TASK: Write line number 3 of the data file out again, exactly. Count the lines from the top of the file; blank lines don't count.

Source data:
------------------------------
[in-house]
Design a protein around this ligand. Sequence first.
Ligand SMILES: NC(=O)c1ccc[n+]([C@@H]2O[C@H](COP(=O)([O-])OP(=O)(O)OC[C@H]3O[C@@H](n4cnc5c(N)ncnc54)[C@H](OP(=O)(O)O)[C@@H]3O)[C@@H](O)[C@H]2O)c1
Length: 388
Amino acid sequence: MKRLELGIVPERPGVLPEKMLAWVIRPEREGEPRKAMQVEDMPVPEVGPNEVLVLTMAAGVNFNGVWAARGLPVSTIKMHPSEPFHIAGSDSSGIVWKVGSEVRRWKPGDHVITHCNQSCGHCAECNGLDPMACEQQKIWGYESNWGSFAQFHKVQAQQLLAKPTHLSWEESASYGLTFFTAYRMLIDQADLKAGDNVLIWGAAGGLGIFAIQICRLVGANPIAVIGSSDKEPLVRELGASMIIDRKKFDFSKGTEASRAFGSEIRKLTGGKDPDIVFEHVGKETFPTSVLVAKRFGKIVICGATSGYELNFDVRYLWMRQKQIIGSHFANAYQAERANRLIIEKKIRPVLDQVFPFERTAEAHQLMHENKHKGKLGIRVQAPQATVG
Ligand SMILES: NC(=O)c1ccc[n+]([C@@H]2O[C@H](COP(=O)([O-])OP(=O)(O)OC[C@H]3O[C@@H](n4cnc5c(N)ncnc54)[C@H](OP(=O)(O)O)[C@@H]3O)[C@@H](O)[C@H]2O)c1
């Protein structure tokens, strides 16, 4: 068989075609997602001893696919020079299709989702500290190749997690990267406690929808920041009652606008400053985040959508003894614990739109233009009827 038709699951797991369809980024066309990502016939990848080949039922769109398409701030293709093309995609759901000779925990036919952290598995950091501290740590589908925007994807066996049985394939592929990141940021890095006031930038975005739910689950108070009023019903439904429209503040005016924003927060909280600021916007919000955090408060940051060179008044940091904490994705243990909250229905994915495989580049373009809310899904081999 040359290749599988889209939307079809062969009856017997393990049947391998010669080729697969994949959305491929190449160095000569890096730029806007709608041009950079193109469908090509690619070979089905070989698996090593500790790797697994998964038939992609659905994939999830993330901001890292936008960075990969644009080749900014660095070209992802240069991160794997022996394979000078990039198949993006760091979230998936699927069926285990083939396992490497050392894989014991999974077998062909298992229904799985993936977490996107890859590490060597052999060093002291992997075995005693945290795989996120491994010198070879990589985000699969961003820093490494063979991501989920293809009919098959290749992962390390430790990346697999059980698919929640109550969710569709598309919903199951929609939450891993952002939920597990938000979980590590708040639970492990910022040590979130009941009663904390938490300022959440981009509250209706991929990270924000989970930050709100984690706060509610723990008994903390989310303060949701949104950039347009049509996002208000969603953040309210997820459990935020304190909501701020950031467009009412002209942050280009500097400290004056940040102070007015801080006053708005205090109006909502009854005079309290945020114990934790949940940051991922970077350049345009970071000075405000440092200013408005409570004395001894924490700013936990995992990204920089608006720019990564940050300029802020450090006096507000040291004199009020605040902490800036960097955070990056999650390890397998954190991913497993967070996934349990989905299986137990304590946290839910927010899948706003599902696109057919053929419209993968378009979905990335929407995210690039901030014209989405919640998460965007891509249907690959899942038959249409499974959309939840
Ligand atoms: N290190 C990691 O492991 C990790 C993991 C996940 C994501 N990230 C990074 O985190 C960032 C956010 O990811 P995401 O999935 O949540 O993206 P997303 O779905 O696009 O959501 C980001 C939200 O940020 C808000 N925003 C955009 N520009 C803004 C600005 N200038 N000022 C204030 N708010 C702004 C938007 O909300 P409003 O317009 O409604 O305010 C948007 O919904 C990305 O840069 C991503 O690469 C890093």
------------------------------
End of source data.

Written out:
Ligand SMILES: NC(=O)c1ccc[n+]([C@@H]2O[C@H](COP(=O)([O-])OP(=O)(O)OC[C@H]3O[C@@H](n4cnc5c(N)ncnc54)[C@H](OP(=O)(O)O)[C@@H]3O)[C@@H](O)[C@H]2O)c1